STROLLING THE TRAIN TRACKS

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Once we finished zipping across the valley for a few hours, we hopped in the next minivan and headed to Hydroelectrica for lunch. This was the end of the road for vehicles. There are two options: hike two to three hours along the train tracks or take an $18 train ride. We chose to hike. After eating the standard menu of the day (quinoa soup, chicken, rice, and salad), we were free to walk at our own pace to the final town of our journey: Aquas Calientes. This simple walk along the train tracks completely blew my mind! I couldn’t believe the dramatic lush mountains surrounding us while hiking beside a stunning river.

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It was truly amazing to look up at the mountain peaks and see glimpses of Machu Picchu ruins carved into the cliffs above. After about two hours of walking the tracks, we made it to Agua Calientes, which is the closest town to the entrance of Machu Picchu. It truly is a beautiful little paradise with lots of smalls shops, cute restaurants, and a wide range of hotels tucked away in the mountains resting beside the river.

DAY FOUR: MACHU PICCHU GRAND FINALE

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At 3:20am, my alarm started blaring and we both jumped out of bed ready for this epic day ahead! After taking a freezing shower (my natural caffeine), we bolted out the door to be the first in line at the bridge crossing. (All tour companies leave at 4am, so to be one of the first in line, you’ll have to be one step ahead the groups.) We only walked for about twenty minutes and sat 3rd in line to cross the bridge. From 4am to 5am is when all of the hikers start lining up (it could be several hundreds of people demanding on the season). Once the clock strikes 5am, the security guard opens up the walkway across the bridge to the famous 1,500 stone steps straight up to the entrance of Machu Picchu. 

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It was truly amazing to be one of the first in line because we were able to hike the steps without anyone else crowding around or passing us. Only the sounds of the jungle, the breeze through the trees, and the dark fog filled our senses as we rapidly hiked our way up. Twenty-nine minutes later, we reached the top and out of 5,000 daily visitors to Machu Picchu, we were the first two people to enter the park that morning. It was such an amazing feeling to be standing above the eerie fog, gazing down at Machu Picchu below, and not have a single person around us. Of course, the crowds began to pile in about ten minutes later, but we truly soaked up every minute while we had Machu Picchu solely to ourselves!

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Once our entire tour group eventually made it to the meeting point, we followed our guides and explored Machu Picchu. Usually, Corinne and I aren’t keen on taking guided tours, but it was really informative to learn all of the history about this fascinating ancient city. I couldn’t believe how every stone was cut and perfectly placed together forming an incredibly strong foundation. The Incans even built all of the walls on a slight angle to prevent any collapses during earthquakes. This place is going to be here for A LONG TIME!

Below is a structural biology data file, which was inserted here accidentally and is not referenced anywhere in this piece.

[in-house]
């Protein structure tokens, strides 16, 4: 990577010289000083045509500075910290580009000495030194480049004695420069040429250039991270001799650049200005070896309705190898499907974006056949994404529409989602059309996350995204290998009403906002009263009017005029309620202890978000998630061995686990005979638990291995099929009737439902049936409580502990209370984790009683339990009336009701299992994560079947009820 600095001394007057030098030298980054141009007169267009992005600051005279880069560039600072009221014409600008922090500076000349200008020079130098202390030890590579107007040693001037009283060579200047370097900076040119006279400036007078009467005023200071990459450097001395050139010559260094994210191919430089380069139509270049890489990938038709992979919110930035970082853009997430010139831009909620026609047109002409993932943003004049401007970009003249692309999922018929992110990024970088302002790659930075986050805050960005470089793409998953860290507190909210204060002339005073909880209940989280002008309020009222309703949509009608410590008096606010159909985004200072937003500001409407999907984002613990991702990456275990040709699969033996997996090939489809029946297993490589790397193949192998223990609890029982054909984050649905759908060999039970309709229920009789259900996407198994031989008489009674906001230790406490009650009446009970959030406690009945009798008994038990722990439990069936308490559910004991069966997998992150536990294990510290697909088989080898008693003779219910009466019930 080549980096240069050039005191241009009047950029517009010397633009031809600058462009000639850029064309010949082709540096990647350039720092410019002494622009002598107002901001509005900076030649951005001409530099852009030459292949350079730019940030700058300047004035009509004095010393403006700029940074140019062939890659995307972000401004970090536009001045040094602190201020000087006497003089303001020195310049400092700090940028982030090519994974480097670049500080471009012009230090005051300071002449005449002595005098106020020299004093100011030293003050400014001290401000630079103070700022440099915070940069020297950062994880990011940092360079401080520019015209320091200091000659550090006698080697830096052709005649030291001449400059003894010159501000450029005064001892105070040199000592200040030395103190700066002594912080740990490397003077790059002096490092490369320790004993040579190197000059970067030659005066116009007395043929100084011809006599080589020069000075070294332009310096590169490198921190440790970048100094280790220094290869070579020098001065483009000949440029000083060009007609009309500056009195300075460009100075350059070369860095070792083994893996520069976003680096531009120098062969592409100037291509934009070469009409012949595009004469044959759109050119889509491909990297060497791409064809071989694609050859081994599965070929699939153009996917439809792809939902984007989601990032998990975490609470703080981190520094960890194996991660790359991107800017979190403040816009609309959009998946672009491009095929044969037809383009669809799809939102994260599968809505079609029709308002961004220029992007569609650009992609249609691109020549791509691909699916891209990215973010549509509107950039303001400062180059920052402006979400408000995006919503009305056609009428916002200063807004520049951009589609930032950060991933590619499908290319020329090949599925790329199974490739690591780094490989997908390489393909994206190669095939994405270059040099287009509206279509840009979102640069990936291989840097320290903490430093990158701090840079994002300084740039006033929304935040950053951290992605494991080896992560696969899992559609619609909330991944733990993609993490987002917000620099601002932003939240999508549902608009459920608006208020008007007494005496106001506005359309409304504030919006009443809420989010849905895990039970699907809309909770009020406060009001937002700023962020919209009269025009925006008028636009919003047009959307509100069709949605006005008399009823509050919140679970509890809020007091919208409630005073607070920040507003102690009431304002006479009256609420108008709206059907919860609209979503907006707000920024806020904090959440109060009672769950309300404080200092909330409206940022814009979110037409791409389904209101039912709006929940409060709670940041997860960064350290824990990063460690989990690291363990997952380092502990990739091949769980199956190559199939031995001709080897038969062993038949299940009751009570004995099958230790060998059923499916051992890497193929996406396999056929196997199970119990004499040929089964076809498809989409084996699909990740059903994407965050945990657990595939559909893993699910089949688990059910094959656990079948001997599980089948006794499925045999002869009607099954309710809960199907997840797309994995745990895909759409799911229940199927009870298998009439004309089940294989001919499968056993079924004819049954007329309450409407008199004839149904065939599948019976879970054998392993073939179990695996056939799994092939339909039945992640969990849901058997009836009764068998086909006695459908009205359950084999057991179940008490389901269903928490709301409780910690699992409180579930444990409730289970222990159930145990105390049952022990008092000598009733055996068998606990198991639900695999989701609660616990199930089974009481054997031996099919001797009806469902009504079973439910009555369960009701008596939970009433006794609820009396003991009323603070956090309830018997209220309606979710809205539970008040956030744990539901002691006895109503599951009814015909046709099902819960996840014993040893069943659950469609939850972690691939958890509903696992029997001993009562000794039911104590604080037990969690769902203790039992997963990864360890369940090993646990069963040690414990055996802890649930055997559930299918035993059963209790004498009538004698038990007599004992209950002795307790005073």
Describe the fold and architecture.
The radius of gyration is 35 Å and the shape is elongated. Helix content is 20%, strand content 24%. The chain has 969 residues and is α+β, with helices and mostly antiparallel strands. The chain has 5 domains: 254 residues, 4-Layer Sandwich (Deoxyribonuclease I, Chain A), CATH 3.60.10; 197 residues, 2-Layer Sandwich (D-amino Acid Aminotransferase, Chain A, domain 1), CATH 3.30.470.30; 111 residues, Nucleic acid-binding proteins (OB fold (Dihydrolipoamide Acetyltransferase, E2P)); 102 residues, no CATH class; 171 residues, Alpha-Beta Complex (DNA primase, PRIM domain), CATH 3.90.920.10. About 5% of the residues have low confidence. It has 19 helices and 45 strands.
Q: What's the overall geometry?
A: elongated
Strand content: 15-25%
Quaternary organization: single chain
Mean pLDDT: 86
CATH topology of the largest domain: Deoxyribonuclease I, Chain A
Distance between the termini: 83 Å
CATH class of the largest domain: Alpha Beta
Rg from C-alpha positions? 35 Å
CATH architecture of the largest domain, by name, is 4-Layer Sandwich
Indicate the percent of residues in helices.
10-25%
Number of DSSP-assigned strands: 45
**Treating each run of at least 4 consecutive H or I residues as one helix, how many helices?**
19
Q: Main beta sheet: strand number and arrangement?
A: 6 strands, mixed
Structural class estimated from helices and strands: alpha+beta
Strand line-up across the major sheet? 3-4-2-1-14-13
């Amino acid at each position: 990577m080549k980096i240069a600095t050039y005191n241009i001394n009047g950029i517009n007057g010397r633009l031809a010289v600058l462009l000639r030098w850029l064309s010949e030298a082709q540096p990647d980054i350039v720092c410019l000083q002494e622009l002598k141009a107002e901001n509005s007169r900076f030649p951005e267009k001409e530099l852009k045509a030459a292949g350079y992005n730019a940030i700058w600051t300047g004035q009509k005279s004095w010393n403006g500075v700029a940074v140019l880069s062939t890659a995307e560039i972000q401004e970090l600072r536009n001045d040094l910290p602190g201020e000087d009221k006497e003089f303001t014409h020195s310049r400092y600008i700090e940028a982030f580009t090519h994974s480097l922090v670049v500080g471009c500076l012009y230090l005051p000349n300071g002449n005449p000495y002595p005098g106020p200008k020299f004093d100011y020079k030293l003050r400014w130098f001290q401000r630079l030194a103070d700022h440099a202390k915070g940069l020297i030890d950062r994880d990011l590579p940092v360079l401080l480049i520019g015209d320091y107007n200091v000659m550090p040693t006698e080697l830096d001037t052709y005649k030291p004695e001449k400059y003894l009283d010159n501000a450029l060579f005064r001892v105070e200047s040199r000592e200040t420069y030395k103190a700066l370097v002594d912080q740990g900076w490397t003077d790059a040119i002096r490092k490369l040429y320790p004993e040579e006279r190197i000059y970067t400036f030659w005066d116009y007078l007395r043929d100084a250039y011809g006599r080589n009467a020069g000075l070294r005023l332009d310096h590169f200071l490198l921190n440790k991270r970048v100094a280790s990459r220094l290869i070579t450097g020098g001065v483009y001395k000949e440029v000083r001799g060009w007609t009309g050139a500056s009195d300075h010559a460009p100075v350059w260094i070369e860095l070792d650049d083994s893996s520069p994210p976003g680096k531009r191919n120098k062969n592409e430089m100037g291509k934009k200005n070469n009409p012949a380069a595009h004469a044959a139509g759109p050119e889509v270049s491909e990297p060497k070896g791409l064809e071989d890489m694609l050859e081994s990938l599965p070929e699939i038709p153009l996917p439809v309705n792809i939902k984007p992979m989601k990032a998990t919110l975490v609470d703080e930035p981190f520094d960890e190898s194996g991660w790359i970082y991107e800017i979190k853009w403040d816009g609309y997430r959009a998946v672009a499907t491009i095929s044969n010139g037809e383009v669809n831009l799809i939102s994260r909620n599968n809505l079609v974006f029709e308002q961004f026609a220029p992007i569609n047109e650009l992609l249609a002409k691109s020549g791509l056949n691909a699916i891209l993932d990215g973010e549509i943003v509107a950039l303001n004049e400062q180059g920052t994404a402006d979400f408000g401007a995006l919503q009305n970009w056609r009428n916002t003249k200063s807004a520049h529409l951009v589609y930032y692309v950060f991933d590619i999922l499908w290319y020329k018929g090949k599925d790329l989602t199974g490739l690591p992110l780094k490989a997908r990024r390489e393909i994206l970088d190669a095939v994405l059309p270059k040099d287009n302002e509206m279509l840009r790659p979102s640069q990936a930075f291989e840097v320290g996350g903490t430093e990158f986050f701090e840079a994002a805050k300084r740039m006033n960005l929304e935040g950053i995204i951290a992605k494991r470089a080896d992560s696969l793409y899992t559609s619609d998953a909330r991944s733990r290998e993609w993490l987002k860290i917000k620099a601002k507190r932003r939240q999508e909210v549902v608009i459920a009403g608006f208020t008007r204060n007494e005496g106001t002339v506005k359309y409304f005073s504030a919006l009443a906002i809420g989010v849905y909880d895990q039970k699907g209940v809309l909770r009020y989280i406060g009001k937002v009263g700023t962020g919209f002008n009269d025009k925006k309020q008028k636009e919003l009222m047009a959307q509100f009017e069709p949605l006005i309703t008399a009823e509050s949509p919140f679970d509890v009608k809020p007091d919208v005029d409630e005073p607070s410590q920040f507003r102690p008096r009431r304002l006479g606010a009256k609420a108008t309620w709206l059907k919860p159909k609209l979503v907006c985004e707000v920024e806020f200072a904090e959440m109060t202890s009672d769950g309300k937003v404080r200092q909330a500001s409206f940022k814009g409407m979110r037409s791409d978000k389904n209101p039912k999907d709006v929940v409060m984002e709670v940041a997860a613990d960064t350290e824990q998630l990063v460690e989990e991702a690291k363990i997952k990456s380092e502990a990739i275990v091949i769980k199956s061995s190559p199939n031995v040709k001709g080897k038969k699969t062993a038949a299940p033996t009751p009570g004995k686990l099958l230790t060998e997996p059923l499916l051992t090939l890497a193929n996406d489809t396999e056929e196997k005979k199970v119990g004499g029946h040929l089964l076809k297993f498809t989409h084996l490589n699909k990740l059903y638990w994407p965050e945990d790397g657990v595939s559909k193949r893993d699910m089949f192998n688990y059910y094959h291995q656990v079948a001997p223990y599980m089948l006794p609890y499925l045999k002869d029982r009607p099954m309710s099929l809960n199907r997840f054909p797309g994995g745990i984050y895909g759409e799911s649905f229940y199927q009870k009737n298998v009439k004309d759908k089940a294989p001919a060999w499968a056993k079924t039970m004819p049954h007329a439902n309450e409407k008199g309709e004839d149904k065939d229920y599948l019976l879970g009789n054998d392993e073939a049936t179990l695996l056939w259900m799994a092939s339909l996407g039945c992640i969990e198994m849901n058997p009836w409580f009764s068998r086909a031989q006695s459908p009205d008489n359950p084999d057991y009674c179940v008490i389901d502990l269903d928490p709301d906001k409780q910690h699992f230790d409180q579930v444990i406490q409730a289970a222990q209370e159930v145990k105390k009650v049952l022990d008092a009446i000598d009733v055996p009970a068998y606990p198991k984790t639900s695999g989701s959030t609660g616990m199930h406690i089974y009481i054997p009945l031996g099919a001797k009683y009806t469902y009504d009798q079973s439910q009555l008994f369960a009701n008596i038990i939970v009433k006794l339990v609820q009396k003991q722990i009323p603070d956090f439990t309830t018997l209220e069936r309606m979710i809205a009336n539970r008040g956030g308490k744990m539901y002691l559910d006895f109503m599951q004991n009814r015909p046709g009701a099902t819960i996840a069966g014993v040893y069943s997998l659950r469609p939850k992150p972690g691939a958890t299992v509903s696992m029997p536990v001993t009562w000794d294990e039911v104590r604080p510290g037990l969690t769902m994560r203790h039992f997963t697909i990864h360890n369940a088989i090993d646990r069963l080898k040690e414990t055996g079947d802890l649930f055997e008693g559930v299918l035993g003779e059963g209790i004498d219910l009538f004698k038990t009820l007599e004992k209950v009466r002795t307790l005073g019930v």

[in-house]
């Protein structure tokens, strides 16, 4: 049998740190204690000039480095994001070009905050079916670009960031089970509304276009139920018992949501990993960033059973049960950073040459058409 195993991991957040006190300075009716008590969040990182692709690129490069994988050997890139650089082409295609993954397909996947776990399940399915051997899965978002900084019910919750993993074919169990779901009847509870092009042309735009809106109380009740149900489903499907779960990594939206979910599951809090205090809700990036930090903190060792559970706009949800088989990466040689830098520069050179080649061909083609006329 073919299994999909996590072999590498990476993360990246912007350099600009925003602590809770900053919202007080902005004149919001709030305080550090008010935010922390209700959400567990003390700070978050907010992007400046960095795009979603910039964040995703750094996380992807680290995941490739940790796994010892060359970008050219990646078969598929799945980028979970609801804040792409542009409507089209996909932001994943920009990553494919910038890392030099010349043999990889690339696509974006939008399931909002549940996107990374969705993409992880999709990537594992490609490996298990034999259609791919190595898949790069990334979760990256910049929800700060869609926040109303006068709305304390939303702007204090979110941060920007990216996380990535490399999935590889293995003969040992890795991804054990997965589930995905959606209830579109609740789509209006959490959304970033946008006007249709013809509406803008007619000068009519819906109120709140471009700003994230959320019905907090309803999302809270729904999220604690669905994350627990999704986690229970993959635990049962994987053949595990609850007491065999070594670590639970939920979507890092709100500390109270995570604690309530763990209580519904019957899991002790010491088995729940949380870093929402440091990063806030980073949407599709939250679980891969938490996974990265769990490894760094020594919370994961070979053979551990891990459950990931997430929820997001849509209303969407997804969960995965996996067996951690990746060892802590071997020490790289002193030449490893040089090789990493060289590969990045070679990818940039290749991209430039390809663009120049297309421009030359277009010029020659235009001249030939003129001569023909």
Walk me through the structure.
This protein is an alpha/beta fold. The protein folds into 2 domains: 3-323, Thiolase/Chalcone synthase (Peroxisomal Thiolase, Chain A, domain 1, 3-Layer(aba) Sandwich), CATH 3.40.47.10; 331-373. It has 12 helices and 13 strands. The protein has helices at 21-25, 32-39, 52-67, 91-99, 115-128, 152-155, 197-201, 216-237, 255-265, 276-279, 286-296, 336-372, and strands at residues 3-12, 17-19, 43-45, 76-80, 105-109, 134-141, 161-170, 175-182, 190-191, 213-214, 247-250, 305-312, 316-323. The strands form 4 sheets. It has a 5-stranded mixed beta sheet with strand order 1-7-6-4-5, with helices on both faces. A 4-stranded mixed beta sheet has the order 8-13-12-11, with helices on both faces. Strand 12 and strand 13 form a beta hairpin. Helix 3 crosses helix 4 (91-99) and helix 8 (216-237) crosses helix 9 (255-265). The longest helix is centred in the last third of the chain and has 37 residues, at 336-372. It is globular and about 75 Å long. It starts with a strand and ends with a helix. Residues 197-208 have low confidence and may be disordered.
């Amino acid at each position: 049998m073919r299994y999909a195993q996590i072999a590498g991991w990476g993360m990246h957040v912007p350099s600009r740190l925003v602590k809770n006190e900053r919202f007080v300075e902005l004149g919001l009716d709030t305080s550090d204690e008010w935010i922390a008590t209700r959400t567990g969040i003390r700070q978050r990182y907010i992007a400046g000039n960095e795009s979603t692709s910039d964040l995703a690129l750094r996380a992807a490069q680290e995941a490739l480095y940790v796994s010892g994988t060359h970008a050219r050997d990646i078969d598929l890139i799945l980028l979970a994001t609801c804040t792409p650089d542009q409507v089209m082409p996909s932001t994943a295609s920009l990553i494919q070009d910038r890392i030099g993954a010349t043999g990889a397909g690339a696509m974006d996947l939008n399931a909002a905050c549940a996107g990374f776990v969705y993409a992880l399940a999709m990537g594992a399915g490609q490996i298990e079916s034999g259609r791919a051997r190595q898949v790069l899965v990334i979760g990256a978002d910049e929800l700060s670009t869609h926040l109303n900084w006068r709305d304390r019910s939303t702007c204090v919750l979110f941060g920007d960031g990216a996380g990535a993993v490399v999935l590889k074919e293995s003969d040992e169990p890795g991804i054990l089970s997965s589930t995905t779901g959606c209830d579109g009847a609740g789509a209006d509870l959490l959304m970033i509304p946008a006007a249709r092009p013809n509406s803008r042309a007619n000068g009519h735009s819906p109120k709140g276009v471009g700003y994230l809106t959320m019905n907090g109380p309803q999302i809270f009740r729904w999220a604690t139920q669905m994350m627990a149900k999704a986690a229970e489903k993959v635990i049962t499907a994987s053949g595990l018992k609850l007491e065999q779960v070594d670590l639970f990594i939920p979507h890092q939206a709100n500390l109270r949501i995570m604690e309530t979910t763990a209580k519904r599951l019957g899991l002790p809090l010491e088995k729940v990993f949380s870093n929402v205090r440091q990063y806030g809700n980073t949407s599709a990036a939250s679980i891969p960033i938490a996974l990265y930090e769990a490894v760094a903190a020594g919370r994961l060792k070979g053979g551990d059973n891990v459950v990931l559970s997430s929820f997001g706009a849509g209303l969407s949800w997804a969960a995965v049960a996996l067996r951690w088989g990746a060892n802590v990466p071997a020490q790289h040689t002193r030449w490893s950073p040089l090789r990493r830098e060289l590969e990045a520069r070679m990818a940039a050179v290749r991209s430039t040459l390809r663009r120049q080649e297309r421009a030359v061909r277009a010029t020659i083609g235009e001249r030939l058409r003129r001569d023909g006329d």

THE BIG SURPRISE!

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After about an hour and a half tour, our guides said farewell and it was our chance to explore by ourselves. The four of us decided to climb Montaña (must book in advance because there is a daily limit), which is a mountain peak that overlooks the mountain range and majestic ruins below. We hiked up about halfway to an incredible lookout and Jaqueline had no idea what was coming. While Corinne and I knew the BIG secret, I told Mark and Jacq that this would be a perfect spot to take a photo together. They posed for the photo and within seconds, Mark got down on one knee and proposed to her! It was such a beautiful moment to share with them and truly made our visit to Machu Picchu so much more meaningful.

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The newly engaged lovebirds decided to hike back down and spend the rest of the day together in Aquas Calientes, while Corinne and I powered through to the summit of the mountain. We were completely surrounded by dense clouds and every once in a while, there was a cloud-break and where we could faintly see the valleys below. After about an hour of waiting and enjoying the mountain breeze, everything completely cleared up and we were able to see Machu Picchu resting on the cliff down below!

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MACHU PICCHU

I’m going to be honest. My expectations for visiting Machu Picchu weren’t very high. I was expecting another extremely touristy attraction that we had to cross off our bucket list. But after experiencing these four days, it was SO much more than that! The mountains surrounding these ancient ruins were way more amazing than I could have ever possibly imagined. Towering, jagged peaks and rugged rock faces surrounded us in all directions was the view of a lifetime.. Sitting up there didn't even feel like real life!

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I am so incredibly thankful for Jaqueline and Mark deciding to visit us because they were the true reason we decided to visit Machu Picchu. We had such a blast during their entire visit and really bonded together through of the challenges and achievements on the tour. During our final dinner together discussing each our favorite parts of the trip, it was awesome that we all shared different memories that really stuck out and impacted us. From biking down the Andes to white water rafting at sunset to zip lining across a stunning valley to hiking the famous Inca Trail to exploring the ancient ruins of Machu Picchu to Mark’s wedding proposal, this has definitely been one of the highlights in our entire journey across South America!